15 found
Order:
See also
Andrews Reath
University of California, Riverside
  1. Two Conceptions of the Highest Good in Kant.Andrews Reath - 1988 - Journal of the History of Philosophy 26 (4):593-619.
    This paper develops an interpretation of what is essential to kant's doctrine of the highest good, Which defends it while also explaining why it is often rejected. While it is commonly viewed as a theological ideal in which happiness is proportioned to virtue, The paper gives an account in which neither feature appears. The highest good is best understood as a state of affairs to be achieved through human agency, Containing the moral perfection of all individuals and the satisfaction of (...)
    Download  
     
    Export citation  
     
    Bookmark   11 citations  
  2. Legislating the Moral Law.Andrews Reath - 1994 - Noûs 28 (4):435-464.
    Download  
     
    Export citation  
     
    Bookmark   5 citations  
  3. Contemporary Kantian Ethics.Andrews Reath - 2010 - In John Skorupski (ed.), The Routledge Companion to Ethics. Routledge.
    Kant’s project in ethics is to defend the conception of morality that he takes to be embedded in ordinary thought. The principal aims of his foundational works in ethics – the Groundwork of the Metaphysics of Morals and the Critique of Practical Reason – are to state the fundamental principle of morality, which he terms the “Categorical Imperative”, and then to give an account of its unconditional authority – why we should give moral requirements priority over non-moral reasons – by (...)
    Download  
     
    Export citation  
     
    Bookmark  
  4. The Categorical Imperative and Kant's Conception of Practical Rationality.Andrews Reath - 1989 - The Monist 72 (3):384-410.
    Download  
     
    Export citation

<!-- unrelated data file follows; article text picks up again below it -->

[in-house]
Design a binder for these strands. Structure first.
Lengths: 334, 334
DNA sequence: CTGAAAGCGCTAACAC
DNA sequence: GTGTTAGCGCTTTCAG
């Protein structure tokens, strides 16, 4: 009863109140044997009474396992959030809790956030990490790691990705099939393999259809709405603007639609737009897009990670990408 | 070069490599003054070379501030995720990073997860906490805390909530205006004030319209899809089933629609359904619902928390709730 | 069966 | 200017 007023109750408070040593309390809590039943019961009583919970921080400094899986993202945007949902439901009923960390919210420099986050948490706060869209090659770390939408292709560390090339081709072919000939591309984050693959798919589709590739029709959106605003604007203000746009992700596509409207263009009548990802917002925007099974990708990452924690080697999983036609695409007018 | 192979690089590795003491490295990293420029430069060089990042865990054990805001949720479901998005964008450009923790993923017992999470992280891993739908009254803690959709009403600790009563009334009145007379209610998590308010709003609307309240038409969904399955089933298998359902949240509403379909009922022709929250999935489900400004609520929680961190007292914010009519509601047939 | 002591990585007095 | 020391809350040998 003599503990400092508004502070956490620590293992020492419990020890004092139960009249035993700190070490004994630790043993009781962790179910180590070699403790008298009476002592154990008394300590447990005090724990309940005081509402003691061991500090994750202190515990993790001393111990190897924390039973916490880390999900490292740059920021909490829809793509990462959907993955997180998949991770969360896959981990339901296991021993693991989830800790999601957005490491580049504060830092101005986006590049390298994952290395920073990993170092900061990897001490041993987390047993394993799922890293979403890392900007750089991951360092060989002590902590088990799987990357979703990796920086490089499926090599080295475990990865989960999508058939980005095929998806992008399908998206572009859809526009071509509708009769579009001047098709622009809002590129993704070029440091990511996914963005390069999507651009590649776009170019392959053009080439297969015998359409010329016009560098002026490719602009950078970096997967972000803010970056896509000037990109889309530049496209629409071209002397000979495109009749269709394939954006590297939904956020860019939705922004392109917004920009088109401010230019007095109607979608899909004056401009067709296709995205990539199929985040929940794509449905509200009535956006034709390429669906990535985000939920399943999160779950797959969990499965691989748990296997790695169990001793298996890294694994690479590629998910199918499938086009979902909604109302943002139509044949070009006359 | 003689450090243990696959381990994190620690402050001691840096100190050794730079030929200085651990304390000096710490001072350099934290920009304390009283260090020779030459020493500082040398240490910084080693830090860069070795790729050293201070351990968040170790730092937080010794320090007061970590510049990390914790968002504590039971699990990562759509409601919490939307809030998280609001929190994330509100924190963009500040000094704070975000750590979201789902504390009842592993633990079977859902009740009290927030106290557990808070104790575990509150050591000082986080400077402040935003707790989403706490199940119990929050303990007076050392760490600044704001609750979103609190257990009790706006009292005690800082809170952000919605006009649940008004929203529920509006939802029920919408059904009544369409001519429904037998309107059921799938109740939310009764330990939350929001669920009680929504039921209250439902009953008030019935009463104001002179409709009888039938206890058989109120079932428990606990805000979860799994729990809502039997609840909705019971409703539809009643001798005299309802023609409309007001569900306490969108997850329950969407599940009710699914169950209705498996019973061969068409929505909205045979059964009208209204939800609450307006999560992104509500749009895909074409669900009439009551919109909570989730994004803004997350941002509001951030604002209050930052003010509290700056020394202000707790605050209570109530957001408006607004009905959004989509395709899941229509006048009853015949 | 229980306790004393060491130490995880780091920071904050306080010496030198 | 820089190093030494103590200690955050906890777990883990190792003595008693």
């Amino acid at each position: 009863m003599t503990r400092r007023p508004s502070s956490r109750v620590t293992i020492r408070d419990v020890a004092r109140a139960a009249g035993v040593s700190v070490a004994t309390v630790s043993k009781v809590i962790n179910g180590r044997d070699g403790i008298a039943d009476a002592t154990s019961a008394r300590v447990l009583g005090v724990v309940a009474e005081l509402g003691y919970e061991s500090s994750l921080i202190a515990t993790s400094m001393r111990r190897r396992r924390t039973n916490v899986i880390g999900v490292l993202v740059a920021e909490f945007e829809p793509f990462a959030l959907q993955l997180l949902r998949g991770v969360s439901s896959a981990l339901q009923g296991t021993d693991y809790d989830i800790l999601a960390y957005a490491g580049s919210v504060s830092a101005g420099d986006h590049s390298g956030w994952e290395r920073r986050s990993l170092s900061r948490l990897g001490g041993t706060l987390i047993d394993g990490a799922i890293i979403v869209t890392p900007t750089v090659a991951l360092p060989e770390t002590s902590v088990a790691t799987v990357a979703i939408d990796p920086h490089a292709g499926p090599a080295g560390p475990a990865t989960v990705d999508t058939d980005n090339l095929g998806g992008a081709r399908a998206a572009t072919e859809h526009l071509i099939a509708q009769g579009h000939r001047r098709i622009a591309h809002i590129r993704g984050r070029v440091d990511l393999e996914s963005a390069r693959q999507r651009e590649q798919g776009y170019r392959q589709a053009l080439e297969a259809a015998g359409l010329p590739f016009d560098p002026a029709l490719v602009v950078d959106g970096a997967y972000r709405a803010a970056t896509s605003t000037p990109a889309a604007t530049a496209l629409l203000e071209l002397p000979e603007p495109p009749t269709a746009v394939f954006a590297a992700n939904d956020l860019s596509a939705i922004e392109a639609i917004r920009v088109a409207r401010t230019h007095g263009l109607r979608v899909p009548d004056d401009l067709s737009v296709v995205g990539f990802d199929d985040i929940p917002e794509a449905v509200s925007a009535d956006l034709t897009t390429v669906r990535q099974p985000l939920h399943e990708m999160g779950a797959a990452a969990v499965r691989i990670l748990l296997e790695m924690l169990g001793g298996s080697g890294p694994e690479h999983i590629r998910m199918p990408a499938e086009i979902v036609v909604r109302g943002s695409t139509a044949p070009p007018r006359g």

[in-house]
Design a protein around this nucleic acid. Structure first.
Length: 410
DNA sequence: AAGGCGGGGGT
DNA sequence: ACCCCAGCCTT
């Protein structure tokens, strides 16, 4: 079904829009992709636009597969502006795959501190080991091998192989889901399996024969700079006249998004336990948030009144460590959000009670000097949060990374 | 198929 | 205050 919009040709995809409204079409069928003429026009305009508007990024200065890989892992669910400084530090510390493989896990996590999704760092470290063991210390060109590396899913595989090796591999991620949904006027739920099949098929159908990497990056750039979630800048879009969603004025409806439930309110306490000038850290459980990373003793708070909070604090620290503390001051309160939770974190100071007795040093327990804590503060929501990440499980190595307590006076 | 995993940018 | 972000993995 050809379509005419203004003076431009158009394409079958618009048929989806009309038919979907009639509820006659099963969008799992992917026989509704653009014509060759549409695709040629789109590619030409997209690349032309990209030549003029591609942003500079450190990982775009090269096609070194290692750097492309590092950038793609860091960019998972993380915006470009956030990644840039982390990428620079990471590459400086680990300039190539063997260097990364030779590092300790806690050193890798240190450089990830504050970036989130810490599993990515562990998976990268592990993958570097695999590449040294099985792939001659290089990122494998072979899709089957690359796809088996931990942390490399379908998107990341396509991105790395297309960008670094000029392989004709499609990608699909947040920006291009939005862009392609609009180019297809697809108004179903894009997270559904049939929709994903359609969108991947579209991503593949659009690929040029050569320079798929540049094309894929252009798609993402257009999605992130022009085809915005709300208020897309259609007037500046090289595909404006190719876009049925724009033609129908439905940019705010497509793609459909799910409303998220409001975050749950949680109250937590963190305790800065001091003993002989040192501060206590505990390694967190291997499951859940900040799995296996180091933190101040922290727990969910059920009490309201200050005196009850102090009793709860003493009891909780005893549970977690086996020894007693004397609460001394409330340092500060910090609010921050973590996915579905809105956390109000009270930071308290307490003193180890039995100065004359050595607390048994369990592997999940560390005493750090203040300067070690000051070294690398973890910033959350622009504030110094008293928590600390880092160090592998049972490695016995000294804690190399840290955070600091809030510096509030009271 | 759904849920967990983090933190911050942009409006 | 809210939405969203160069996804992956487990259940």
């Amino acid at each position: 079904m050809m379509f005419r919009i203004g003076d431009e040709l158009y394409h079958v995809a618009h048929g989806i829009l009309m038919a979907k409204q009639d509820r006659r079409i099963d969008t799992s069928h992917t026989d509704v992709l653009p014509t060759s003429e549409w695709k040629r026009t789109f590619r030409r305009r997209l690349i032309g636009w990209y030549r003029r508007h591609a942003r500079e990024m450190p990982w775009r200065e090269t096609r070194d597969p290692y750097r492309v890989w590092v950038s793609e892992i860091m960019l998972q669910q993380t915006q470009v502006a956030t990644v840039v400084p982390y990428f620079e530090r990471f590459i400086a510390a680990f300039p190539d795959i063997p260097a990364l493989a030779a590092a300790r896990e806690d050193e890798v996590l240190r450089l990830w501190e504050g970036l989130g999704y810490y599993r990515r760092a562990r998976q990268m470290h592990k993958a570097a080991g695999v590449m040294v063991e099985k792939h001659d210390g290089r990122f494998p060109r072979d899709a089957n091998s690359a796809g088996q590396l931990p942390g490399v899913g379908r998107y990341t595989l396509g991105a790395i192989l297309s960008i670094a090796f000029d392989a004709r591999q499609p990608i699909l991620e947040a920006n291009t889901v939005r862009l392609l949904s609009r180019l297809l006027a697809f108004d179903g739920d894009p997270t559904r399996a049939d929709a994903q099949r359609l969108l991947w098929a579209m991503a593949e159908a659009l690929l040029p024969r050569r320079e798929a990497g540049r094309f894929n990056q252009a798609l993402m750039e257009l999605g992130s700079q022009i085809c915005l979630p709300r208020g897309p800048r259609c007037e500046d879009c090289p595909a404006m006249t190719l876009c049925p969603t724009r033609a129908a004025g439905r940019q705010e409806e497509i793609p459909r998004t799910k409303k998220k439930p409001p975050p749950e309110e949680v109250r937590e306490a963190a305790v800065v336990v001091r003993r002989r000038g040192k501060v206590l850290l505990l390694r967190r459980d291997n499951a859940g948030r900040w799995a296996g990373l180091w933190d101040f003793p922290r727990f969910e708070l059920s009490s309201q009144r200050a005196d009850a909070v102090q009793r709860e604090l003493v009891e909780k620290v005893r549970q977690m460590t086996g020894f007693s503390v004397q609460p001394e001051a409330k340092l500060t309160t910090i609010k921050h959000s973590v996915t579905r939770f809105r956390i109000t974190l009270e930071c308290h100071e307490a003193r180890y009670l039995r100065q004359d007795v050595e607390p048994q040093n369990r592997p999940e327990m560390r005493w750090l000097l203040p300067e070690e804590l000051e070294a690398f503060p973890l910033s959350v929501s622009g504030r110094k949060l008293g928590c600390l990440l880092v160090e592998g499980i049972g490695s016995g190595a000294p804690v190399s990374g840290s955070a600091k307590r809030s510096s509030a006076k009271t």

Bookmark  
  5. Value and Law in Kant’s Moral Theory. [REVIEW]Andrews Reath - 2003 - Ethics 114 (1):127-155.
    Paul Guyer’s Kant on Freedom, Law, and Happiness is a collection of essays written over a period of ten years on the roles of freedom, reason, law, and happiness in Kant’s practical philosophy. The centrality of these concepts has always been acknowledged, but Guyer proposes a different way to understand their interconnections. Kant extols respect for moral law and conformity to moral principle for its own sake while at the same time celebrating the value of human freedom and autonomy. Guyer (...)
    Download  
     
    Export citation  
     
    Bookmark   2 citations  
  6. Kant's Conception of Autonomy of the Will.Andrews Reath - 2013 - In Oliver Sensen (ed.), Kant on Moral Autonomy. Cambridge University Press. pp. 32-52.
    Download  
     
    Export citation  
     
    Bookmark   1 citation  
  7. Kant's Critical Account of Freedom.Andrews Reath - 2006 - In Graham Bird (ed.), A Companion to kant. Blackwell. pp. 275-290.
    Download  
     
    Export citation  
     
    Bookmark   1 citation  
  8. Formal Principles and the Form of a Law.Andrews Reath - 2010 - In Andrews Reath & Jens Timmermann (eds.), Kant's Critique of Practical Reason: A Critical Guide. Cambridge University Press.
    One aim of the Critique of Practical Reason is to establish that reason alone can determine the will. To show that it can, it suffices to show that there are practical principles given by reason alone – what Kant terms ‘practical laws’, or (roughly) requirements of reason on action. Chapter I of the Analytic accomplishes this aim by arguing that the moral law is an authoritative practical principle given as a ‘fact of reason’. The chapter begins in section 1 with (...)